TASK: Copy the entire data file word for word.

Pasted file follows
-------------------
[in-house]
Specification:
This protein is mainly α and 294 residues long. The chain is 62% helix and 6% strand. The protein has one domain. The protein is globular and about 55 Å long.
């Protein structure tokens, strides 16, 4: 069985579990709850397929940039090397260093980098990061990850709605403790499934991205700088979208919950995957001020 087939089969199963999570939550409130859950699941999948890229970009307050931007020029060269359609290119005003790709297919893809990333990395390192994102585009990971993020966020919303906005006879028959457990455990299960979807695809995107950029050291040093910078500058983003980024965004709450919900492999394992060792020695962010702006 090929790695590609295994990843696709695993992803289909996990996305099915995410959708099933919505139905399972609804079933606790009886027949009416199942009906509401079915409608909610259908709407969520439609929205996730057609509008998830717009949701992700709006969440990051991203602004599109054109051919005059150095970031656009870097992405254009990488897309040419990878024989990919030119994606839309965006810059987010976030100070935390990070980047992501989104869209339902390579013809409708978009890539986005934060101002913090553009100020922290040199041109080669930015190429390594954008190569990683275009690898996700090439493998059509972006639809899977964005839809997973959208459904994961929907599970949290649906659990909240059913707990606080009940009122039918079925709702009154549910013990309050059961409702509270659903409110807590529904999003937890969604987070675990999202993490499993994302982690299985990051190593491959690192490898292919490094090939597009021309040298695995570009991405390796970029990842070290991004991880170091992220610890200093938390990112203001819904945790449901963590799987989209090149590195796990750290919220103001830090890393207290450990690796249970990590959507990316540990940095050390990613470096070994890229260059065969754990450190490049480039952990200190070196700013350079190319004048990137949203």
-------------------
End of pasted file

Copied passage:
[in-house]
Specification:
This protein is mainly α and 294 residues long. The chain is 62% helix and 6% strand. The protein has one domain. The protein is globular and about 55 Å long.
């Protein structure tokens, strides 16, 4: 069985579990709850397929940039090397260093980098990061990850709605403790499934991205700088979208919950995957001020 087939089969199963999570939550409130859950699941999948890229970009307050931007020029060269359609290119005003790709297919893809990333990395390192994102585009990971993020966020919303906005006879028959457990455990299960979807695809995107950029050291040093910078500058983003980024965004709450919900492999394992060792020695962010702006 090929790695590609295994990843696709695993992803289909996990996305099915995410959708099933919505139905399972609804079933606790009886027949009416199942009906509401079915409608909610259908709407969520439609929205996730057609509008998830717009949701992700709006969440990051991203602004599109054109051919005059150095970031656009870097992405254009990488897309040419990878024989990919030119994606839309965006810059987010976030100070935390990070980047992501989104869209339902390579013809409708978009890539986005934060101002913090553009100020922290040199041109080669930015190429390594954008190569990683275009690898996700090439493998059509972006639809899977964005839809997973959208459904994961929907599970949290649906659990909240059913707990606080009940009122039918079925709702009154549910013990309050059961409702509270659903409110807590529904999003937890969604987070675990999202993490499993994302982690299985990051190593491959690192490898292919490094090939597009021309040298695995570009991405390796970029990842070290991004991880170091992220610890200093938390990112203001819904945790449901963590799987989209090149590195796990750290919220103001830090890393207290450990690796249970990590959507990316540990940095050390990613470096070994890229260059065969754990450190490049480039952990200190070196700013350079190319004048990137949203």